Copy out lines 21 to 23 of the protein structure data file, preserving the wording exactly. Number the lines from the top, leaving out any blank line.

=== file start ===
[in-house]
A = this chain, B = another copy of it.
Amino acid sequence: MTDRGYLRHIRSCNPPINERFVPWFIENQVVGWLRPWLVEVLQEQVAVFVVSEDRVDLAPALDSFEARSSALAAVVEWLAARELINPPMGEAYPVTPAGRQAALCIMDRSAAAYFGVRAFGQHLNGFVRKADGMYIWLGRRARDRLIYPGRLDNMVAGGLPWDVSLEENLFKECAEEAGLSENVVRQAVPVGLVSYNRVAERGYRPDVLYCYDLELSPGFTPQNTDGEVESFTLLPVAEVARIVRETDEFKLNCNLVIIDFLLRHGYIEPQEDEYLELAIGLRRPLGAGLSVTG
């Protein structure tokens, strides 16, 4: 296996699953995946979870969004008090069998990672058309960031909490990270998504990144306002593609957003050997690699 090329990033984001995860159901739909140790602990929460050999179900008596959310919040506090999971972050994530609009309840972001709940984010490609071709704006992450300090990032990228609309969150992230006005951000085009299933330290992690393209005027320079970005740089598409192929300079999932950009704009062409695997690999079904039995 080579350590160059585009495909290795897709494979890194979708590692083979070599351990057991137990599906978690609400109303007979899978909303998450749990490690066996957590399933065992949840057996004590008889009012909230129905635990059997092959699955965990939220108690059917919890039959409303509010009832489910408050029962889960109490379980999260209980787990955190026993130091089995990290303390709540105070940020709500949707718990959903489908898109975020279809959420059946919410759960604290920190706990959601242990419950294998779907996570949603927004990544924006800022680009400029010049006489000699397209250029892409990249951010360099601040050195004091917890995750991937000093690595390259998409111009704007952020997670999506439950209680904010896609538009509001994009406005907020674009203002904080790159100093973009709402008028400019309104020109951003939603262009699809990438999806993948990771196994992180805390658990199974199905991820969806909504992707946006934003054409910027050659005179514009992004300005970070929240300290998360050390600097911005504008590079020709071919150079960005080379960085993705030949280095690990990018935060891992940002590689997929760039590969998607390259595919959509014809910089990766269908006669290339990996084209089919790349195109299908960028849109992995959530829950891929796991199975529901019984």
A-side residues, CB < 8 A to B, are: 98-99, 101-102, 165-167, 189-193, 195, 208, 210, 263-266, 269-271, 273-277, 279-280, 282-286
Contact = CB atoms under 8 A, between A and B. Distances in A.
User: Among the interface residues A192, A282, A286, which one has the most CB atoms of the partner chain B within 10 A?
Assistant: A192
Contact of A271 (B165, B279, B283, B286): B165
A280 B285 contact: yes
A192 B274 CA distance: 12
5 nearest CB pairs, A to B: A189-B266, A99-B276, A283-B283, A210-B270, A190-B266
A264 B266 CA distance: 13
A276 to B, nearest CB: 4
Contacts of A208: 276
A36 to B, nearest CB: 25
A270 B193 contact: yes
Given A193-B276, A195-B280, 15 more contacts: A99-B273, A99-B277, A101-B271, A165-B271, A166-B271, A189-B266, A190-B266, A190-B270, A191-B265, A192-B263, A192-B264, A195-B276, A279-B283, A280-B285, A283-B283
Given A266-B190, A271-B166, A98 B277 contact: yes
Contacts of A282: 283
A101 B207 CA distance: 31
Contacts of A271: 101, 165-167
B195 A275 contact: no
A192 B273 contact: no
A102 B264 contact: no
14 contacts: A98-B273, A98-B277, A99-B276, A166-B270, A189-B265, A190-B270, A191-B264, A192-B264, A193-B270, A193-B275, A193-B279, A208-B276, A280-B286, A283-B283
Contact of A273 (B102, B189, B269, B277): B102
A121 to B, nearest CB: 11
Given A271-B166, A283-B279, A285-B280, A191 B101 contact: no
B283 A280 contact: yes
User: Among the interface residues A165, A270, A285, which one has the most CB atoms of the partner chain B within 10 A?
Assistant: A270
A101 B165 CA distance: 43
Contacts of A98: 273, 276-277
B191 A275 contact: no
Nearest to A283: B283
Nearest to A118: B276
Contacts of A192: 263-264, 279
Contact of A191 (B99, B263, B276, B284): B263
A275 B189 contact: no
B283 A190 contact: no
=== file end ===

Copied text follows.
A101 B207 CA distance: 31
Contacts of A271: 101, 165-167
B195 A275 contact: no